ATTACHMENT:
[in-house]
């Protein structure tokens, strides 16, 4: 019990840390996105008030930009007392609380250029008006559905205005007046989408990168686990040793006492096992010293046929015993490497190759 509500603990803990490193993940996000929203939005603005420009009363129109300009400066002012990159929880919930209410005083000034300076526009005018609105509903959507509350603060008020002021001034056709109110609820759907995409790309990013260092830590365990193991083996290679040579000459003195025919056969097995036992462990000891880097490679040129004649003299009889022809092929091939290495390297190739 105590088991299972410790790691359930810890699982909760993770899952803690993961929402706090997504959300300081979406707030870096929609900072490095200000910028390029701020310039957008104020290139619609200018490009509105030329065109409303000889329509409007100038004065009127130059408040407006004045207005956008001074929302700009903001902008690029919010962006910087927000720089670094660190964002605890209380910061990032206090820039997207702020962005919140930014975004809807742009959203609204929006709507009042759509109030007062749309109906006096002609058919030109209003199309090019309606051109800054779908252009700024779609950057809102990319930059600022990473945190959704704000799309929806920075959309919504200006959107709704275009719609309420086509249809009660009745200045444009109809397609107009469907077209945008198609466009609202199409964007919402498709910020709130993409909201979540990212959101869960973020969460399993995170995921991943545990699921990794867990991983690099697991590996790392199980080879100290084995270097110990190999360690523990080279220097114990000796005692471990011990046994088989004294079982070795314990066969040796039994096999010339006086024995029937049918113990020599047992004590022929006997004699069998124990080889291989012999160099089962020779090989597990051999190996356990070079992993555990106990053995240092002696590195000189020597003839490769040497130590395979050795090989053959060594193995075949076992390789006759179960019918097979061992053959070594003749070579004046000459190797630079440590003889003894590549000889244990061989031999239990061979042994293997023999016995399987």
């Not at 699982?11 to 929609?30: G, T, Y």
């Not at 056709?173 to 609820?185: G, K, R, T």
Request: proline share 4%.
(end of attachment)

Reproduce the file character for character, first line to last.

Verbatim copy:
[in-house]
């Protein structure tokens, strides 16, 4: 019990840390996105008030930009007392609380250029008006559905205005007046989408990168686990040793006492096992010293046929015993490497190759 509500603990803990490193993940996000929203939005603005420009009363129109300009400066002012990159929880919930209410005083000034300076526009005018609105509903959507509350603060008020002021001034056709109110609820759907995409790309990013260092830590365990193991083996290679040579000459003195025919056969097995036992462990000891880097490679040129004649003299009889022809092929091939290495390297190739 105590088991299972410790790691359930810890699982909760993770899952803690993961929402706090997504959300300081979406707030870096929609900072490095200000910028390029701020310039957008104020290139619609200018490009509105030329065109409303000889329509409007100038004065009127130059408040407006004045207005956008001074929302700009903001902008690029919010962006910087927000720089670094660190964002605890209380910061990032206090820039997207702020962005919140930014975004809807742009959203609204929006709507009042759509109030007062749309109906006096002609058919030109209003199309090019309606051109800054779908252009700024779609950057809102990319930059600022990473945190959704704000799309929806920075959309919504200006959107709704275009719609309420086509249809009660009745200045444009109809397609107009469907077209945008198609466009609202199409964007919402498709910020709130993409909201979540990212959101869960973020969460399993995170995921991943545990699921990794867990991983690099697991590996790392199980080879100290084995270097110990190999360690523990080279220097114990000796005692471990011990046994088989004294079982070795314990066969040796039994096999010339006086024995029937049918113990020599047992004590022929006997004699069998124990080889291989012999160099089962020779090989597990051999190996356990070079992993555990106990053995240092002696590195000189020597003839490769040497130590395979050795090989053959060594193995075949076992390789006759179960019918097979061992053959070594003749070579004046000459190797630079440590003889003894590549000889244990061989031999239990061979042994293997023999016995399987």
């Not at 699982?11 to 929609?30: G, T, Y």
């Not at 056709?173 to 609820?185: G, K, R, T």
Request: proline share 4%.